Egypt Copts hold Christmas mass under tight security

Egyptians gather during the funeral of the victims of the attack on the Saint Mina Coptic church, on December 29, 2017, at a church south of the capital Cairo. (AFP)
Updated 06 January 2018

Egypt Copts hold Christmas mass under tight security

CAIRO: Egypt’s Coptic Orthodox Christians held a Christmas Eve mass on Saturday at a massive new cathedral east of Cairo amid tight security after a year of deadly militant attacks on the community.
President Abdel Fattah El-Sisi gave a short speech before the liturgy, which was led by Pope Tawadros II, wishing the Christians a merry Christmas and telling them that the country would prevail over the militants.
“You are our family, you are from us, we are one and no one will divide us,” he said to ululations and chants from some of the congregants and visitors.
Tens of thousands of soldiers and police have been deployed across Egypt to protect minority Christians and their churches. Police had set up barricades outside the cathedral in a new administrative capital Egypt is building east of Cairo.
The cathedral, Sissi said, was a “message to the world, a message of peace and a message of love.”
Police had tightened security around the country’s churches ahead of services following a spate of attacks that began in 2016.
More than 100 Christians have been killed in the violence, including a shooting at a church south of Cairo just last week claimed by the Deash group.
Since the military ousted president Muhammad Mursi in 2013, security forces have sought to quell attacks led by the Egypt branch of Daesh, which has increasingly targeted Christians.
While the militants have also taken aim at other civilians, including more than 300 Muslim worshippers massacred at a mosque last November, they have focused on the ancient Coptic community.
In December 2016, a Daesh suicide bomber killed almost 30 worshippers at a church in Cairo located in the Saint Mark’s Cathedral complex, the seat of the Coptic papacy.
In the Sinai Peninsula, where Daesh is based, hundreds of Christians were forced to flee in January and December after a wave of assassinations.
Daesh suicide bombers killed more than 40 people in twin church bombings in April and shot dead almost 30 Christians a month later as they headed to a monastery.
The year ended with an Daesh militants killing nine people in an attack on a church in a south Cairo suburb.
Copts, who make up about 10 percent of Egypt’s 93 million people, have long complained of discrimination and intermittent sectarian attacks.
The overwhelming majority of Egypt’s Christians are members of the Coptic Orthodox Church, which celebrates Christmas on Jan. 7.
The Christmas Mass was held at an unfinished cathedral in Egypt’s new Administrative Capital, a multi-billion dollar, under-construction project east of Cairo.
 


Iraqi security forces raid Baghdad’s main protest camp, shoot at demonstrators

Updated 25 January 2020

Iraqi security forces raid Baghdad’s main protest camp, shoot at demonstrators

  • The clashes took place after authorities began removing concrete barriers near Tahrir Square and across at least one main bridge over the Tigris River in Baghdad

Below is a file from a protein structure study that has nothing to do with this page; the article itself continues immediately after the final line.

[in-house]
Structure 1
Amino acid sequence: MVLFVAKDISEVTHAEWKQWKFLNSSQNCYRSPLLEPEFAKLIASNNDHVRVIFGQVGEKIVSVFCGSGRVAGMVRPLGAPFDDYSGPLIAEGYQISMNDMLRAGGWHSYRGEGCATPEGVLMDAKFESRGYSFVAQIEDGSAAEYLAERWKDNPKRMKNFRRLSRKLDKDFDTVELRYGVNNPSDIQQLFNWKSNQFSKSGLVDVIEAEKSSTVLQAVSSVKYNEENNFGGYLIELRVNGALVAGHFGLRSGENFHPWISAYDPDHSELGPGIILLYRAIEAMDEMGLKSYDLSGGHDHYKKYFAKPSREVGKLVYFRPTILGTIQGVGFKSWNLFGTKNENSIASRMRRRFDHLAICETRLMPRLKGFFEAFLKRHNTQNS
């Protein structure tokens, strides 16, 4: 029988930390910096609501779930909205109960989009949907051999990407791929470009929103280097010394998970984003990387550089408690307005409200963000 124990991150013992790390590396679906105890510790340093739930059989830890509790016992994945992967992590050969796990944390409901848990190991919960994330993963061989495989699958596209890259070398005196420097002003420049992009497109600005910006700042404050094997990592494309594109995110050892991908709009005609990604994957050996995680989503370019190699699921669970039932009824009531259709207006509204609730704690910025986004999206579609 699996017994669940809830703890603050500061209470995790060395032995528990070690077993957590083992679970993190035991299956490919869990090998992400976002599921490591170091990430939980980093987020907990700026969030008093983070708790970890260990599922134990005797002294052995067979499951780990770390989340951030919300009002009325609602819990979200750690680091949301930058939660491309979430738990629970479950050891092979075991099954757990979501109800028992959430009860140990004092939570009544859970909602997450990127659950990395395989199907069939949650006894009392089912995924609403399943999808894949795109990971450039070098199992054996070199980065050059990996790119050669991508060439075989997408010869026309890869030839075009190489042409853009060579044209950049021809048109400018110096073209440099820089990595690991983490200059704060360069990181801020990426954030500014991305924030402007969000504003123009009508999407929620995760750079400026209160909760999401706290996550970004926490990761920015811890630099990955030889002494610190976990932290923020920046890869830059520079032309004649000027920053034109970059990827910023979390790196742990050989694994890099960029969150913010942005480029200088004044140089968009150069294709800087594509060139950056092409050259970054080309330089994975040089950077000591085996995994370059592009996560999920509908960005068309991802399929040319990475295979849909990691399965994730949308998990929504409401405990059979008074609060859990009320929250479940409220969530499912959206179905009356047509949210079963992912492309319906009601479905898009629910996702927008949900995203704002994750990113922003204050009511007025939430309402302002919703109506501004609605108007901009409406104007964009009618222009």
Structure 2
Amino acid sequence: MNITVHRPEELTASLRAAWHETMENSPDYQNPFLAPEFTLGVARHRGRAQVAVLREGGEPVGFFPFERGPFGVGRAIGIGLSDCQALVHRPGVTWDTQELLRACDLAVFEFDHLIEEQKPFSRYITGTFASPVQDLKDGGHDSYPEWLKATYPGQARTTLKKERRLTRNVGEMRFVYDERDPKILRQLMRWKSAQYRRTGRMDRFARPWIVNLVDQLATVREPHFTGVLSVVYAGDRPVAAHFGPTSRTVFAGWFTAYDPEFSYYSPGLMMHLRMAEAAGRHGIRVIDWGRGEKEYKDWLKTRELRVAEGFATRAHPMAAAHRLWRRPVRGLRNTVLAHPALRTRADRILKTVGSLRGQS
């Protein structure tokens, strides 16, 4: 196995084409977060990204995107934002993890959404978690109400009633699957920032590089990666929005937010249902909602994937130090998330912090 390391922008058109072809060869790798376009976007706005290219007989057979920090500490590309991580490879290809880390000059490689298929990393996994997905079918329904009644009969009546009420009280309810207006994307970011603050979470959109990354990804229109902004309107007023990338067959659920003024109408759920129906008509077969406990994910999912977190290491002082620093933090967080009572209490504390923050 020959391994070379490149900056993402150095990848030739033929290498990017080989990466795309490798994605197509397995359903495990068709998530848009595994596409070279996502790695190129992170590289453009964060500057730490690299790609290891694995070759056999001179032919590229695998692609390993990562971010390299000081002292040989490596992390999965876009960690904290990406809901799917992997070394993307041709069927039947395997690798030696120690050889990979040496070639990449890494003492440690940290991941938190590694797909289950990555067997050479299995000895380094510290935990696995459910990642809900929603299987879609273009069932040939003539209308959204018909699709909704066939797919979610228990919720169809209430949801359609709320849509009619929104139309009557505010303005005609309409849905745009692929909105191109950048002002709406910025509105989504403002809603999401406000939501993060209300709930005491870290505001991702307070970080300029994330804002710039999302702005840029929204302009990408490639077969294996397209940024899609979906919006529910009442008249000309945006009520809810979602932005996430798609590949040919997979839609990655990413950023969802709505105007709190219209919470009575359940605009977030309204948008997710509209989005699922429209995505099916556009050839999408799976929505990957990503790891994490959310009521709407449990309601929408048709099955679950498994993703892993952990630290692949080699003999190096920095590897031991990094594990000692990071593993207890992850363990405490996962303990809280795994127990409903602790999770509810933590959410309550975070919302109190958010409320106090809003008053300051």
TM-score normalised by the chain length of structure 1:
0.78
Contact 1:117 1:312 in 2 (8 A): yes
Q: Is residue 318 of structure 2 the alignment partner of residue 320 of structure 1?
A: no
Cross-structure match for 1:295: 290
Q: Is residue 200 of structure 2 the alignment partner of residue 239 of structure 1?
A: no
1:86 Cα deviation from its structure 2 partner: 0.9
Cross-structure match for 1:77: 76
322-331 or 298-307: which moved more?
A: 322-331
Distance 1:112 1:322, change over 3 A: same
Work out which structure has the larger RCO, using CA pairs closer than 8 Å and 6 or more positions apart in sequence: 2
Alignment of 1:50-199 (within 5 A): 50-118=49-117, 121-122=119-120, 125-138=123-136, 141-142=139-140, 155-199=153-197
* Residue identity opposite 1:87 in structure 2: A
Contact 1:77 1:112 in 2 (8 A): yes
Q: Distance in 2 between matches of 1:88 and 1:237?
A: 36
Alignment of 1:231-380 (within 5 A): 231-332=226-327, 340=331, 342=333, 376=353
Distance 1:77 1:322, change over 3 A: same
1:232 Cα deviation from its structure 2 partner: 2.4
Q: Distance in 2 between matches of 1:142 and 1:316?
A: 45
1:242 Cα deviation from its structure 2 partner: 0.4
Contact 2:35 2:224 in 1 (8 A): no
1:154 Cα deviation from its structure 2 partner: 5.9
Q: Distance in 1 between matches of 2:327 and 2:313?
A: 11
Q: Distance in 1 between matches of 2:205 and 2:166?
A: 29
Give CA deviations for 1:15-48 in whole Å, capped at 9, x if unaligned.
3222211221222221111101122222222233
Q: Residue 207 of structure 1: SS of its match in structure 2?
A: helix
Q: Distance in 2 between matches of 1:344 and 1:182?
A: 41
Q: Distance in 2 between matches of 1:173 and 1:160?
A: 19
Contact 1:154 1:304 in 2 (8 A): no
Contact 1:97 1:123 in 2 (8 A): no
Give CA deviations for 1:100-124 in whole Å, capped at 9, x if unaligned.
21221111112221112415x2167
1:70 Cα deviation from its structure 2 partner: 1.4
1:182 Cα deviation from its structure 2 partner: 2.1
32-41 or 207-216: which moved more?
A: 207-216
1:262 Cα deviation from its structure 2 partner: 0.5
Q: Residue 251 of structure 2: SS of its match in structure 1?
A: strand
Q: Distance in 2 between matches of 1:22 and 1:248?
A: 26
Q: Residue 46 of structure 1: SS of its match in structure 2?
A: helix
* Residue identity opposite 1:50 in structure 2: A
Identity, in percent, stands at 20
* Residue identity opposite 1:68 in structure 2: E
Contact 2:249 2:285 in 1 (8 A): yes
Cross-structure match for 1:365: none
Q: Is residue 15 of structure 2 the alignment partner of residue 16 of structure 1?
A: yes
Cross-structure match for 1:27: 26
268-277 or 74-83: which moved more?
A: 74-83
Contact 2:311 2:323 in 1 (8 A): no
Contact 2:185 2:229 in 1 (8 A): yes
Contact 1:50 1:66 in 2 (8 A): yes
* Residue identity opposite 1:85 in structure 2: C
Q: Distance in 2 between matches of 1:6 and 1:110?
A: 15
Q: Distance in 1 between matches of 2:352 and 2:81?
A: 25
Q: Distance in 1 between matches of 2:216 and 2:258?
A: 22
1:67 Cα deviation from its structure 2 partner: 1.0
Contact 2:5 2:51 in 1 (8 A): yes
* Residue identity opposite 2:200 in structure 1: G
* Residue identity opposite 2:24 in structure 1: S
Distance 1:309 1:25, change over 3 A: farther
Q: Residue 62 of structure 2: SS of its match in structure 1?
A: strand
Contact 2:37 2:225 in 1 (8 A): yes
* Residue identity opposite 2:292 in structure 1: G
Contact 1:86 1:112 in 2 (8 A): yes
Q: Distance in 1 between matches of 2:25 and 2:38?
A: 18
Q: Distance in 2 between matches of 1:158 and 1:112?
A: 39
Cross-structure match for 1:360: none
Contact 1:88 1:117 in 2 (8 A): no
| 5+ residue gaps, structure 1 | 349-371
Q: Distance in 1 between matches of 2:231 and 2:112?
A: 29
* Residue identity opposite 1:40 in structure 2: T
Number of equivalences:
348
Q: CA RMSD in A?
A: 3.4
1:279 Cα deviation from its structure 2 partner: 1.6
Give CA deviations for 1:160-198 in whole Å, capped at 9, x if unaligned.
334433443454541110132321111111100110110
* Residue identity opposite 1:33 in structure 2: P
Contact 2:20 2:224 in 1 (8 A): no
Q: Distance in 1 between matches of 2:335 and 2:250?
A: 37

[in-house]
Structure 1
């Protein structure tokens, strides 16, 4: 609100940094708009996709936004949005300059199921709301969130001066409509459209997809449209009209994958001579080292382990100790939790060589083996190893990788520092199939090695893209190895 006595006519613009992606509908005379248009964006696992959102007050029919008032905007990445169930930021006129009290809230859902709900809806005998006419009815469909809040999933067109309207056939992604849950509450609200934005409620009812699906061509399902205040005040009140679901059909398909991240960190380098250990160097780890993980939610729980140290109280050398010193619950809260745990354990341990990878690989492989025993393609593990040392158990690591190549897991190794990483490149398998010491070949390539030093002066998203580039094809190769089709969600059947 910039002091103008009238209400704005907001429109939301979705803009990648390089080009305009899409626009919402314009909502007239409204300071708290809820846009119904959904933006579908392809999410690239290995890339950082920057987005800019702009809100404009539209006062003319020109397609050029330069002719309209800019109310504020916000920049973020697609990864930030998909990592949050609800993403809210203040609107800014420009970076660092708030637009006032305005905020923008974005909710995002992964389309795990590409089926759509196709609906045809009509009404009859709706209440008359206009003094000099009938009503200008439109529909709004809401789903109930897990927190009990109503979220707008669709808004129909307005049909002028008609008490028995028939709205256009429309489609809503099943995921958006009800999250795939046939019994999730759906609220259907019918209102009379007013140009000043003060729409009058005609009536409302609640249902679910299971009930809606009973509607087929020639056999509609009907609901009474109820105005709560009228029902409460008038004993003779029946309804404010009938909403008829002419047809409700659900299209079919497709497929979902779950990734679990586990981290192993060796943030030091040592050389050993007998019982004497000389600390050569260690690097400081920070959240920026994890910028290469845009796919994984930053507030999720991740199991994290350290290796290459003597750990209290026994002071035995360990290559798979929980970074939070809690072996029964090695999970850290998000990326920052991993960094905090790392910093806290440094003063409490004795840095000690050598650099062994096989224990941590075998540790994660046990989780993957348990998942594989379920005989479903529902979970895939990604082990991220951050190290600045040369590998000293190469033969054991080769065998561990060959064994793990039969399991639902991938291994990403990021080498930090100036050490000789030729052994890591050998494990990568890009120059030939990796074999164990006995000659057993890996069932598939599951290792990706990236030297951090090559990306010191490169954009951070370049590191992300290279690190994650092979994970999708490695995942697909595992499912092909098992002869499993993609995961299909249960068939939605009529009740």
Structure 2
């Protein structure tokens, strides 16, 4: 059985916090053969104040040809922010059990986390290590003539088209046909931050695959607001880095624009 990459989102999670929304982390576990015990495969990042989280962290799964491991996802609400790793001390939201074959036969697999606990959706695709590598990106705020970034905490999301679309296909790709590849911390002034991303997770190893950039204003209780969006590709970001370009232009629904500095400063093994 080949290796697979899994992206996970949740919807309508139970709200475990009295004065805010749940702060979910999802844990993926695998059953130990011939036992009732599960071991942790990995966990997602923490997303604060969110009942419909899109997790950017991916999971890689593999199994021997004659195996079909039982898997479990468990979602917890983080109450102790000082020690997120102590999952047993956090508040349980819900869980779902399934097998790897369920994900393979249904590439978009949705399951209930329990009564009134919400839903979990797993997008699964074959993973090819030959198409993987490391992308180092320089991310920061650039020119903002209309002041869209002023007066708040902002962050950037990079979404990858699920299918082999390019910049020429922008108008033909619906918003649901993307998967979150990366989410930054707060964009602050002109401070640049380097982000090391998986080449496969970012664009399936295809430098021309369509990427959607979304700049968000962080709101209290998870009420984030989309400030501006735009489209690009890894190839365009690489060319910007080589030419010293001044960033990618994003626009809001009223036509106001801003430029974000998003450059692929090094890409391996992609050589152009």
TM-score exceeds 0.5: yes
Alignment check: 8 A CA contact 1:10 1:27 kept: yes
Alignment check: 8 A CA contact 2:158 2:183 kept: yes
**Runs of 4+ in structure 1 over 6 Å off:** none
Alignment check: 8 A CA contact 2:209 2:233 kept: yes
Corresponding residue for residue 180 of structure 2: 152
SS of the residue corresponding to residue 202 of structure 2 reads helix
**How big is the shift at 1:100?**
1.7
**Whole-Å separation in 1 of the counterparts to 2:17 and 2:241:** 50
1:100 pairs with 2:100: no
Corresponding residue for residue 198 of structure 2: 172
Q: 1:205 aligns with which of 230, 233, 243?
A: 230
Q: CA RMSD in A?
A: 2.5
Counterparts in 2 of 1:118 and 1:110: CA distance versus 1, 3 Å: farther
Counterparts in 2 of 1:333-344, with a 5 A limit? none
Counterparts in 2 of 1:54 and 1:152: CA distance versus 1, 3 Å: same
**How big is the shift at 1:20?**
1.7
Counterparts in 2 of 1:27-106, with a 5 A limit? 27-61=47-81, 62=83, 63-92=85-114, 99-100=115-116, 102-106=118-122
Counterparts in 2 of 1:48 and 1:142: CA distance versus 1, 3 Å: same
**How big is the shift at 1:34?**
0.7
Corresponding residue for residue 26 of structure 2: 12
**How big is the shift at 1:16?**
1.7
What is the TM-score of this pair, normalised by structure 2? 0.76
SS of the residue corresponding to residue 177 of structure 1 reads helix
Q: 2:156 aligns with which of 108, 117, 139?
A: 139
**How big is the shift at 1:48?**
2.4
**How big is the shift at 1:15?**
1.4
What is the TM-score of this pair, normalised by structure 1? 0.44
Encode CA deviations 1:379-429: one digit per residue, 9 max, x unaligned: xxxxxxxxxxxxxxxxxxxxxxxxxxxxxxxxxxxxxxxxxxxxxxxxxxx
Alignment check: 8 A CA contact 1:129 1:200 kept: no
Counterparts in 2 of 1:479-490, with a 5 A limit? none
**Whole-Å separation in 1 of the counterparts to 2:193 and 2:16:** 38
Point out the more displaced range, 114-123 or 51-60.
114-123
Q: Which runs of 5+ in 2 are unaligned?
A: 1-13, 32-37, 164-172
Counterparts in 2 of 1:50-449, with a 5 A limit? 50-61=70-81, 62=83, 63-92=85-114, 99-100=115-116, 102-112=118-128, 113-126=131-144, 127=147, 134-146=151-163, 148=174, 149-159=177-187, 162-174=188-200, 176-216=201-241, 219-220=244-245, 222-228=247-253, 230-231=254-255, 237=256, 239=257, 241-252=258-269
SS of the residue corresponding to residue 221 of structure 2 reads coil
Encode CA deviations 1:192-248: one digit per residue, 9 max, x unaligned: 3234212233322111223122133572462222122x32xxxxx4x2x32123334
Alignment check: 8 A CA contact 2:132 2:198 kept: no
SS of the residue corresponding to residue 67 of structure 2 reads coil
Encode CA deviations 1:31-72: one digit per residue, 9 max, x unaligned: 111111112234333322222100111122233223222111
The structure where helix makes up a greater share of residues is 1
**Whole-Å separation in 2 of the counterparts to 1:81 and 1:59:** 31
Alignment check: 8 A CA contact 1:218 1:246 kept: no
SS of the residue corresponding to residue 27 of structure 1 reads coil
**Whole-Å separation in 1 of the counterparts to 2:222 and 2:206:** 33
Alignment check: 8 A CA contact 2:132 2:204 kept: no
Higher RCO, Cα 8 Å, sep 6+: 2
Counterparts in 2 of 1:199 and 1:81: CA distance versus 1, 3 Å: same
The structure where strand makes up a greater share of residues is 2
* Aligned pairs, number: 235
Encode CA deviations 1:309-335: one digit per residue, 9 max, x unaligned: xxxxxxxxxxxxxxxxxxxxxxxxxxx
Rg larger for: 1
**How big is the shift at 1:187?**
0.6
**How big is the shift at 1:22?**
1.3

• Security forces began the raids just hours after populist cleric Moqtada Al-Sadr said he wound halt the involvement of his supporters in the anti-government unrest

BAGHDAD: Iraqi security forces raided Baghdad’s main protest site at Tahrir Square on Saturday, firing live rounds and tear gas at anti-government demonstrators who have camped out there for months, Reuters reporters said.
There were no immediate reports of casualties but at least seven people were wounded in clashes with police earlier in the day, medics and security sources said.
The clashes took place after authorities began removing concrete barriers near Tahrir Square and across at least one main bridge over the Tigris River in Baghdad.
In the southern city of Basra, security forces raided the main anti-government sit-in overnight and deployed in force to stop protesters gathering there again, security sources said. Police arrested at least 16 protesters in Basra, they said.
The actions appeared to be an attempt to fully clear out anti-government sit-ins and end months of popular demonstrations that have called for the removal of Iraq’s entire ruling elite.
Security forces began the raids just hours after populist cleric Moqtada Al-Sadr said he wound halt the involvement of his supporters in the anti-government unrest.
Sadr had supported the demands of protesters for the removal of corrupt politicians and provision of services and jobs soon after the demonstrations began in October but stopped short of calling all his followers to join in.
Many of Sadr’s millions of supporters who hail from Baghdad’s slums have been involved in demonstrations, however.
Sadr’s followers held a march on Friday calling for a removal of US troops from the country in a rally separate from the anti-government protests. The march, which some observers expected to descend into violence, dissipated after several hours.
Sadr wrote on Twitter late on Friday that he would “try not to interfere in the issue (of protesters), either negatively or positively, so that they can shepherd the fate of Iraq.” He did not elaborate.
In Basra, protesters urged Sadr to reconsider what they said was a withdrawal of support for popular demonstrations. In a letter circulated on social media, they called for the support of Sadrists, without whom they feared attacks by security forces.